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Evangelical United Brethren

From Academic Kids

The Evangelical United Brethren was an American Protestant church which was formed in 1946 by the merger of the Evangelical Association with the Church of the United Brethren in Christ (not to be confused with the current Church of the United Brethren in Christ, a denomination that split from the United Brethren in the late nineteenth century and was originally known as the Church of the United Brethren in Christ (Old Constitution).) The United Brethren and the Evangelical Association had considered merging since the early nineteenth century because of their common emphases on holiness and evangelism and German heritage.

The Evangelical United Brethren subsequently merged with The Methodist Church in 1968 to form the United Methodist Church. The EUB congregations in Canada joined into the United Church of Canada, a previous (1925) merger of Methodists, Congregationalists, and some Presbyterians.

United Brethren History


Though not organized until 1800, the roots of the church reach back to 1767. In May of that year, a Great Meeting (part of an interdenominational revival movement) was held at a barn belonging to Isaac Long in Lancaster, Pennsylvania. Martin Boehm (1725-1812), a Mennonite preacher, spoke of his becoming a Christian through crying out to God while plowing in the field. Philip William Otterbein (1726-1813), a Reformed pastor at York, Pennsylvania, left his seat, embraced Boehm and said to him, "Wir sind bruder (we are brethren)". The followers of Boehm and Otterbein formed a loose movement for many years. It spread to include German-speaking churches in Pennsylvania, Virginia, Maryland, and Ohio. In 1800, they began a yearly conference. Thirteen ministers attended the first conference at the home of Peter Kemp in Frederick, Maryland. At that conference in 1800, they adopted a name, the United Brethren in Christ, and elected Boehm and Otterbein as bishops of the conference. The United Brethren Church claims this organization in 1800 as the first denomination to actually begin in the United States. A Confession of Faith was adopted in 1815 (similar to one written by Otterbein in 1789), and it has remained the statement of church doctrine to the present. In 1841, they adopted a Constitution. It has remained mostly intact, being changed only a few times.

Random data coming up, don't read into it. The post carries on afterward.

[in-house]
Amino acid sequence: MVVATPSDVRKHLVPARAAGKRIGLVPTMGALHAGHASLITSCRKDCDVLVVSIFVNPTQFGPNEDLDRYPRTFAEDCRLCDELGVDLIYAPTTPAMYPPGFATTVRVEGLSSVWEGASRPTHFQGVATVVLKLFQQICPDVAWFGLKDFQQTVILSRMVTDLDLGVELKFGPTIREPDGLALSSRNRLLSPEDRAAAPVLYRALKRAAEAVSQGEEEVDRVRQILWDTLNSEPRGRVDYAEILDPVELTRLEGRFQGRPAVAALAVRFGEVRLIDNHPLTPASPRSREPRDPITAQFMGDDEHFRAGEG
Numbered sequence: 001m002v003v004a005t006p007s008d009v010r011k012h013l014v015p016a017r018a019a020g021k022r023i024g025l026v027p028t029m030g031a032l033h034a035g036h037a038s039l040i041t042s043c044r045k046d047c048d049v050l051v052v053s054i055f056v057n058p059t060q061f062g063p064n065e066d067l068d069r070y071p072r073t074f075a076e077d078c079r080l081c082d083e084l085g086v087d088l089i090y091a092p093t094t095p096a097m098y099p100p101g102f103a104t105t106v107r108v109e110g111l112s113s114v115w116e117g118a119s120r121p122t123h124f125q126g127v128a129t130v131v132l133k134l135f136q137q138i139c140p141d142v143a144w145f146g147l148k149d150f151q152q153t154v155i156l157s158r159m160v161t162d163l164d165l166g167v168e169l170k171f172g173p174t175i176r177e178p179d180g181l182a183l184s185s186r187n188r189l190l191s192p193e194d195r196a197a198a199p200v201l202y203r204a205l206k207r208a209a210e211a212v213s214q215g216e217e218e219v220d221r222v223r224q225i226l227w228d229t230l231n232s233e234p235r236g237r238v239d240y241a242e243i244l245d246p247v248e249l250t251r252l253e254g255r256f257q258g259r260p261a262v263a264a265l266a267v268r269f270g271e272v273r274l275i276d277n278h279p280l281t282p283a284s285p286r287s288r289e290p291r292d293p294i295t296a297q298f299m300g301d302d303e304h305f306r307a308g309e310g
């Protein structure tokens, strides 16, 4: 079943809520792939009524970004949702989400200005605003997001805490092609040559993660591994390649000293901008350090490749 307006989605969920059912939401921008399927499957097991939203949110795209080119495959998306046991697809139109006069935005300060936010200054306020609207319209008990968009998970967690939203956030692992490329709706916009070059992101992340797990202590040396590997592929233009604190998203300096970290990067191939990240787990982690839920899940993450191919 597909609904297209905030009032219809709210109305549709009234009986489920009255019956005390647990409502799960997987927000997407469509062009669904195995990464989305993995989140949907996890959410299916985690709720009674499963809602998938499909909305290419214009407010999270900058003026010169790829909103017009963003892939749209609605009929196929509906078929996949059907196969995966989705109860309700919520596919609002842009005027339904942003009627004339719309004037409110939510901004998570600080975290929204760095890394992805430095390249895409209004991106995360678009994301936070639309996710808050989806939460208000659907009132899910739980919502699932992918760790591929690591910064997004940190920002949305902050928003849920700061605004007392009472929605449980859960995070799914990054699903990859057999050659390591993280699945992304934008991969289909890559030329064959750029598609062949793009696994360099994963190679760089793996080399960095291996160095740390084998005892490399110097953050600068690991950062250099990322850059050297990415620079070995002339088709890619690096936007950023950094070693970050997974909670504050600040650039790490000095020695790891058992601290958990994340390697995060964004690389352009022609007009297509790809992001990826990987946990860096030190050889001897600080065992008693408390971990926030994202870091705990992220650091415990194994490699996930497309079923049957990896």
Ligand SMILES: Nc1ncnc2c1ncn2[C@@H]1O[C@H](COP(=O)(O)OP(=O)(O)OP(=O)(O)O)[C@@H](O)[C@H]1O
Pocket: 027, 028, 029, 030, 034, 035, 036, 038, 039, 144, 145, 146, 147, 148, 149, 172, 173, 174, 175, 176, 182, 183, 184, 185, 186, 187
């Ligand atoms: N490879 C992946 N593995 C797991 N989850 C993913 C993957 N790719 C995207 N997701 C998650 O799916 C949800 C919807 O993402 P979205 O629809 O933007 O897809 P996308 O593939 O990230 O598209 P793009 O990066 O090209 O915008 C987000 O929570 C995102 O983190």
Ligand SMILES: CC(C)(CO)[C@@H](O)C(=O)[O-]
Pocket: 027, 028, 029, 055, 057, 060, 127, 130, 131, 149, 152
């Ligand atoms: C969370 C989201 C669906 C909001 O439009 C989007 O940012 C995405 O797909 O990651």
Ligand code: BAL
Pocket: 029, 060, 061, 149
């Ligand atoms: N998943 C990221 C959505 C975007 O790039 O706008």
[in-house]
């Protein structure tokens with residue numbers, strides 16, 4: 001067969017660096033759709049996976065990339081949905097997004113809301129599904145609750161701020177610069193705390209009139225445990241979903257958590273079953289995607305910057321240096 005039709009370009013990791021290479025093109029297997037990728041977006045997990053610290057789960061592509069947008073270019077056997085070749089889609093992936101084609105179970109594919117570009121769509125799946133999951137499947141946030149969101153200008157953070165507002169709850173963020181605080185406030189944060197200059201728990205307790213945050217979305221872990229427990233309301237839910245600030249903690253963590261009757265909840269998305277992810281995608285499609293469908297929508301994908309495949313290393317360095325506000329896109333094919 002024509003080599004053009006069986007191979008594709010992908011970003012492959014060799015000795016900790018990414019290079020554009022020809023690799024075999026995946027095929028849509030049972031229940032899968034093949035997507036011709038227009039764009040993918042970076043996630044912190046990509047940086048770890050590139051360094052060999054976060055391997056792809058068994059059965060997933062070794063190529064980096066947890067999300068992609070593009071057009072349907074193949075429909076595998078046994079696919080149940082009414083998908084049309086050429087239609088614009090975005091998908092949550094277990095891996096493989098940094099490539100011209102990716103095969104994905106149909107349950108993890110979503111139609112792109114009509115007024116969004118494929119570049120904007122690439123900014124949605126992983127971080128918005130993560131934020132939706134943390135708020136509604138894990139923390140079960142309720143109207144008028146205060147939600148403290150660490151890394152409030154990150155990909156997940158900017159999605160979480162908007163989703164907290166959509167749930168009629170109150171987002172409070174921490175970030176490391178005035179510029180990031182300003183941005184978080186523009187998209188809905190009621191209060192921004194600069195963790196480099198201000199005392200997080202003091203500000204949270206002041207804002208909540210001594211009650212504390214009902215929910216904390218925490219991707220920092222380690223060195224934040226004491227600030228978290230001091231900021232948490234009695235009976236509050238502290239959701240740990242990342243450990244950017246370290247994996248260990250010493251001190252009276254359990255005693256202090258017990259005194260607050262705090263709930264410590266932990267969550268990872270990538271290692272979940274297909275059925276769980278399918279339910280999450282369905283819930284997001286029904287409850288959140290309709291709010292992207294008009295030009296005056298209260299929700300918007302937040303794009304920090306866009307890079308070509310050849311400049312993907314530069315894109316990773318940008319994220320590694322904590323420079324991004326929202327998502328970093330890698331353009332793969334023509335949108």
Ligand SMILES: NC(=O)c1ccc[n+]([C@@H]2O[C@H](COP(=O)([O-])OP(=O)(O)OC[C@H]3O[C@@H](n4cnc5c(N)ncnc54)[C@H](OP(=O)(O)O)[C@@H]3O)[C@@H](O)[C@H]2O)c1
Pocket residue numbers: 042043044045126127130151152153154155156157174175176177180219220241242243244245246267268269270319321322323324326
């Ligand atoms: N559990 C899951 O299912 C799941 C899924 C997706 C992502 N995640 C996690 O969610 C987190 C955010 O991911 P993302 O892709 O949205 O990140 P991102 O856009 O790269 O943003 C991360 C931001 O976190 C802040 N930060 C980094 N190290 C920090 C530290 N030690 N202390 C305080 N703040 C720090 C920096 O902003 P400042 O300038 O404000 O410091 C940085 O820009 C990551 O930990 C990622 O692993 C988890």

The United Brethren took a strong stand against slavery, beginning around 1820. After 1837, slave owners were no longer allowed to remain as members of the United Brethren Church. In 1853, the Home, Frontier, and Foreign Missionary Society was organized. Expansion occurred into the western United States, but the church's stance against slavery limited expansion to the south. By 1889, the United Brethren had grown to over 200,000 members with six bishops. In that same year they experienced a division. Denominational leaders desired to make three changes: to give local conferences proportional representation at the General Conference; to allow laymen to serve as delegates to General Conference; and to allow United Brethren members to hold membership in secret societies. The denominational leadership made these changes, but the minority felt the changes violated the Constitution because they were not made by the majority vote of all United Brethren members. One of the bishops, Milton Wright (the father of aviation pioneers Wilbur Wright and Orville Wright), disagreed with the actions of the majority. Bishop Wright and other conference delegates left the meeting and resumed the session elsewhere. They believed that the other delegates had violated the Constitution (and, in effect, withdrawn from the denomination), and deemed themselves to be the true United Brethren Church.

Until 1946 two groups operated under the name Church of the United Brethren in Christ, though the minority was known as the Church of the United Brethren in Christ (Old Constitution). In 1946, the larger United Brethren branch merged with the Evangelical Association to form the Evangelical United Brethren Church. That body in turn merged with the Methodist Church in 1968 to form The United Methodist Church. The present United Brethren Church is descended from the minority who organized under the leadership of Bishop Milton Wright.

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